On April 17, 2022, the “Initiative to Amend Articles 25, 27 and 28 of the Mexican Constitution Regarding the Energy Sector” (“Initiative”), which had been promoted by the President of Mexico, Andrés Manuel López Obrador, on October 1, 2021, came to a vote in the House of Representatives.
For more detail on the content of the Initiative, see our Client Alert dated October 12, 2021, available here.
With 275 votes in favor and 223 against, the Initiative did not achieve the qualified majority required for a constitutional amendment1, and the project was dismissed. In consequence, the current participation of private parties in the generation of electricity will be maintained subject to the previous amendments to the Electricity Industry Law; permits for the generation of electricity, Clean Energy Certificates (“CEL's”), and Power Purchase Agreements (“PPA's”) will not be cancelled; the Federal Electricity Commission (“CFE”) and Petróleos Mexicanos (“PEMEX”) will continue to be State Productive Companies; and, the “Energy Regulators,” such as the Energy Regulatory Commission (“CRE”) and the National Hydrocarbons Commission, the Wholesale Electricity Market operator, and the National Center of Power Control, will retain their current structure and authority.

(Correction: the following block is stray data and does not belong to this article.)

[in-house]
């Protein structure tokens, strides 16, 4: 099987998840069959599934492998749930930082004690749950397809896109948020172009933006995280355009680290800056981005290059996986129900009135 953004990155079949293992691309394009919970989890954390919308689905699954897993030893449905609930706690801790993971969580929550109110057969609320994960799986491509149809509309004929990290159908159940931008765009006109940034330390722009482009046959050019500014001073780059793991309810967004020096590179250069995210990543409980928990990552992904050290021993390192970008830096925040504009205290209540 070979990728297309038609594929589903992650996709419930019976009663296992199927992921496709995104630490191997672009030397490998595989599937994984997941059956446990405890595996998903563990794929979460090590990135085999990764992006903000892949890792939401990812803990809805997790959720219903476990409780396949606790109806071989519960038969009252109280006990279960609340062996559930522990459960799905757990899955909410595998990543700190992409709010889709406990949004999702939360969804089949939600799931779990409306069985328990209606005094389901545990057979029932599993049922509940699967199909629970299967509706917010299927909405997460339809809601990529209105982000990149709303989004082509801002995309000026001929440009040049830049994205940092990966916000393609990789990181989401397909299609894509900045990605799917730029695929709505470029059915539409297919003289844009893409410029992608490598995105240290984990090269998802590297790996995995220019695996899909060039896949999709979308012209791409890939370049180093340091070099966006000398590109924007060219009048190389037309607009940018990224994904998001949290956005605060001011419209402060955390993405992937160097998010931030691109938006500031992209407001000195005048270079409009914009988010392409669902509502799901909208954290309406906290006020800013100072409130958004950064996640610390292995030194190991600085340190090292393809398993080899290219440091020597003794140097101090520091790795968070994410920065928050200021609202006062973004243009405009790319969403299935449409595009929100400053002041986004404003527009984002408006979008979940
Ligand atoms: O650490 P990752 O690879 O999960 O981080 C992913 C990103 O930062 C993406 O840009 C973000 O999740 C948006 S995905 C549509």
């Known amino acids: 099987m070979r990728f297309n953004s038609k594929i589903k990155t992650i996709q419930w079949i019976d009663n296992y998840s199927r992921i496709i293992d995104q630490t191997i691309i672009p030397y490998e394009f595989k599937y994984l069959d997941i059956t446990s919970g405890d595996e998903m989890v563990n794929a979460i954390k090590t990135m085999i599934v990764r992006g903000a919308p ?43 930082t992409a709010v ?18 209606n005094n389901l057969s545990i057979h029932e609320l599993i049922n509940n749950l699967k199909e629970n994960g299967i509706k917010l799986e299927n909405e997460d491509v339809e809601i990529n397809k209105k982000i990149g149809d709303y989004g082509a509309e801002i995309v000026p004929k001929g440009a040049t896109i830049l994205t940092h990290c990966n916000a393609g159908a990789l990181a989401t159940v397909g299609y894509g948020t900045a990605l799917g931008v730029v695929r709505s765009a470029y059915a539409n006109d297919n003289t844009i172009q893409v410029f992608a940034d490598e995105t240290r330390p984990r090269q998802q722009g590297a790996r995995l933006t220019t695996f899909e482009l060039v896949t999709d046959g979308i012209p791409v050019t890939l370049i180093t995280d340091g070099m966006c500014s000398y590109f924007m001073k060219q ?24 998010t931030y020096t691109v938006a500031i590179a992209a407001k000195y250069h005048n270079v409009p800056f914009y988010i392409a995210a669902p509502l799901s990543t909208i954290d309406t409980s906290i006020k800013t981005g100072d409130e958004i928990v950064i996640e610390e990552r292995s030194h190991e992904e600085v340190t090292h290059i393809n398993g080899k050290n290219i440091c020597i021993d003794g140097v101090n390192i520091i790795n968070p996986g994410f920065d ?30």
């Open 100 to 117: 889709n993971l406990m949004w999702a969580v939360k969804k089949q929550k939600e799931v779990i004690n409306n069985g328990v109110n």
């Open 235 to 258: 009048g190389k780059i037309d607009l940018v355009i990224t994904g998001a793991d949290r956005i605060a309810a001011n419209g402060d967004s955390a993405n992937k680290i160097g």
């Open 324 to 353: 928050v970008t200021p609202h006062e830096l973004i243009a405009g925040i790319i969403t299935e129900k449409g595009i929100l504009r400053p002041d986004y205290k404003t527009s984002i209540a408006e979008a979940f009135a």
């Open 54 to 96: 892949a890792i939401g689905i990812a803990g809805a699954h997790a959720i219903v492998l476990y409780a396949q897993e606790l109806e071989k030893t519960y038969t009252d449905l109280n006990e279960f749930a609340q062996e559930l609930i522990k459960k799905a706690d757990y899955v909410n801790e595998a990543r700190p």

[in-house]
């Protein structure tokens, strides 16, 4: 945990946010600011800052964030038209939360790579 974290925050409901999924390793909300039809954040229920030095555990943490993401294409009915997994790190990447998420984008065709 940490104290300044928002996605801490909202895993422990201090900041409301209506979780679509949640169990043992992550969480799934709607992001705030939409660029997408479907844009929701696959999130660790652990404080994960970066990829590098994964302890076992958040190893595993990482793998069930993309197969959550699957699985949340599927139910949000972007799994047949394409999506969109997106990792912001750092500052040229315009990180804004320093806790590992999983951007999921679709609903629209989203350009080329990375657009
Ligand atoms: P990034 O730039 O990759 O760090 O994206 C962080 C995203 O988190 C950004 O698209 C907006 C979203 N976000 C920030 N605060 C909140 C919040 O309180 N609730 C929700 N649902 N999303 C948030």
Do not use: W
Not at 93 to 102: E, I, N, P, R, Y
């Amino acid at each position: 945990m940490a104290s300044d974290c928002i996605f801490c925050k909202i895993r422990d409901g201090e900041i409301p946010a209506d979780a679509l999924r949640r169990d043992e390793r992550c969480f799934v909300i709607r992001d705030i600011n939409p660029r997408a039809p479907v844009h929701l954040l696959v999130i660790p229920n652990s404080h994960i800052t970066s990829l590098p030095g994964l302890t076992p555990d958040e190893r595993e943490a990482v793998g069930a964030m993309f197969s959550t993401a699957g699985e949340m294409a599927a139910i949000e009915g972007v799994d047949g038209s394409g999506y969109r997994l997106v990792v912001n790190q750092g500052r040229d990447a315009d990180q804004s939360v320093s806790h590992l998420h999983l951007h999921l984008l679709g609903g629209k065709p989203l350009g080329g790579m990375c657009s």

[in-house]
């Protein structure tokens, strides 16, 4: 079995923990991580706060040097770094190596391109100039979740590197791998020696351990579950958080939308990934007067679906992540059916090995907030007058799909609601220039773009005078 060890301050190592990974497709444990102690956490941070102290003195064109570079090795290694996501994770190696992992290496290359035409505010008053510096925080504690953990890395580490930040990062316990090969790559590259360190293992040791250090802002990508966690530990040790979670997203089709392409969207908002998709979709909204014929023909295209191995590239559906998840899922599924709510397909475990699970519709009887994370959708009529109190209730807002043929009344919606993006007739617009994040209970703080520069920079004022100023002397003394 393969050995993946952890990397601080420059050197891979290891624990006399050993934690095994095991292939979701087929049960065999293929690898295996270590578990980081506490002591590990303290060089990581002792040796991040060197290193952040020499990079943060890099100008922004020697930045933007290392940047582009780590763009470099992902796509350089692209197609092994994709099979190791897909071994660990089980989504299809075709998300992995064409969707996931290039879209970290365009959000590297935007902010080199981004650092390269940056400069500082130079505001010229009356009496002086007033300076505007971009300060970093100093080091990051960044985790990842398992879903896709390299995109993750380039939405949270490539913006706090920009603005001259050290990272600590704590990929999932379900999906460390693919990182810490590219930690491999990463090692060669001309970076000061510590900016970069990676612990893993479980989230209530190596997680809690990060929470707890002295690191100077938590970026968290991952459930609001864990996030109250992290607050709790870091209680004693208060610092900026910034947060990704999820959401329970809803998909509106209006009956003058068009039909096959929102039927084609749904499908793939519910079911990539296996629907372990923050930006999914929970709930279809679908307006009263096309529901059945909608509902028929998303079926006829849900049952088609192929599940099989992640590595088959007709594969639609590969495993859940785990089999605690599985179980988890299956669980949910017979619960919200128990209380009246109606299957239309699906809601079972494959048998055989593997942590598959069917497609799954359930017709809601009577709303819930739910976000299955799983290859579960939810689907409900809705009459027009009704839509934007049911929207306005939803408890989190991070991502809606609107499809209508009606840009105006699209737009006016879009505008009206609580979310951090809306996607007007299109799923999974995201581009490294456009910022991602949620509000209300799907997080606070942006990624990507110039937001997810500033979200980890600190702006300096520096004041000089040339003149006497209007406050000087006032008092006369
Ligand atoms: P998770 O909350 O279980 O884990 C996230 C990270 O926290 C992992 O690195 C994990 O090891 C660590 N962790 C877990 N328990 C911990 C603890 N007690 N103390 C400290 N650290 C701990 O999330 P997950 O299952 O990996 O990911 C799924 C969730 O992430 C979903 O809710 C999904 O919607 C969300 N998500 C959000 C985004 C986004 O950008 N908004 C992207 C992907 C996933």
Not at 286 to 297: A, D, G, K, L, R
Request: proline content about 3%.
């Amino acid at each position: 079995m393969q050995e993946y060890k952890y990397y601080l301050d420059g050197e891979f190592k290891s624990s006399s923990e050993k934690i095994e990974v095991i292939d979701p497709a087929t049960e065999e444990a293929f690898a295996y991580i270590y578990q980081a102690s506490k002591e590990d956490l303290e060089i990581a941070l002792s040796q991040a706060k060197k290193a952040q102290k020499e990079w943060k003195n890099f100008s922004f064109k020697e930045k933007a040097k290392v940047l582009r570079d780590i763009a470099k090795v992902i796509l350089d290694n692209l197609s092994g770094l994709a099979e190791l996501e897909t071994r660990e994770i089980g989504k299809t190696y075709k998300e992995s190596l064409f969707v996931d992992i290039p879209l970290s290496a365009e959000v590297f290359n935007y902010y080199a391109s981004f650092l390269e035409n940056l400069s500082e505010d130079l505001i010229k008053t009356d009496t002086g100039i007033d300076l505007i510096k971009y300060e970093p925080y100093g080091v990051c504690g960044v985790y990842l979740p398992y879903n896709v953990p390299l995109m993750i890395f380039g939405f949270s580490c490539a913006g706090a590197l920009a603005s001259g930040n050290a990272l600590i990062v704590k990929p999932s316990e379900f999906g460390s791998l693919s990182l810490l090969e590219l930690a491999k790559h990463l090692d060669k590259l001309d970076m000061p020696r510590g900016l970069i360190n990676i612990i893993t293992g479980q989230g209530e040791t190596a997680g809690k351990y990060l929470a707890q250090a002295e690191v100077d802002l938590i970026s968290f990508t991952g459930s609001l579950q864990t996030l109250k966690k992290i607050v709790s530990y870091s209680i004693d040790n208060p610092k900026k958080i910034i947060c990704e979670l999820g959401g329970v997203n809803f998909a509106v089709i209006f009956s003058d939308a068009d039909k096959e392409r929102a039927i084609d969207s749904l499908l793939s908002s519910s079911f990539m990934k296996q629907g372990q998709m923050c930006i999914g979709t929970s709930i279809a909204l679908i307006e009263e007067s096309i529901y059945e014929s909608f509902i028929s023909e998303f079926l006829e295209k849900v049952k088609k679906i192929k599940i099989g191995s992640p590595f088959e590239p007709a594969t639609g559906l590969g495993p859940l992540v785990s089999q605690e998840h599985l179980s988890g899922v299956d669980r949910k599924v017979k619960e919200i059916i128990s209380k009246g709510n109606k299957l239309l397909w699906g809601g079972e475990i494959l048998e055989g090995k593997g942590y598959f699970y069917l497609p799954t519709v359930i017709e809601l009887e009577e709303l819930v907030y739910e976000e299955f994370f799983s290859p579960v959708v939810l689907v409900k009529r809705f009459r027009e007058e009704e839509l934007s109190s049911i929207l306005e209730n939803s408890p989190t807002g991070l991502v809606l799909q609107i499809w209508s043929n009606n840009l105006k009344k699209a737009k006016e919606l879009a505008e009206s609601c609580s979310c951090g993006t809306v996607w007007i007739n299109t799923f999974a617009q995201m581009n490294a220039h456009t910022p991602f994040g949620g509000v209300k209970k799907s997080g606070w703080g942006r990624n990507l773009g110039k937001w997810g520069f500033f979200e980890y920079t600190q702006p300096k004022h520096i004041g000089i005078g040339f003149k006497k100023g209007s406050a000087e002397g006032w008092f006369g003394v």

About two weeks prior to the vote, the Mexican Supreme Court had ruled on the constitutionality of the recent amendments to the Electricity Industry Law that entered into force on March 10, 2021. The Supreme Court recognized the constitutionality of certain amended articles of the Electricity Industry Law that, among other topics, (a) prioritize the dispatch of the power generated by CFE’s plants, (b) allow the CRE to revoke self-supply permits, and (c) review the contracts of independent producers.
So, although the proposed Initiative was rejected, many of the changes to the Electricity Industry Law sought by the current administration survived.
For more details on the amendments to the Electricity Industry Law, see our Client Alert dated March 4, 2021, available here.
For more information, please contact any of the attorneys listed below.
1 At least the votes of two-thirds of the legislators present and the majority of the State Legislatures is required for a Constitutional Amendment in Mexico.
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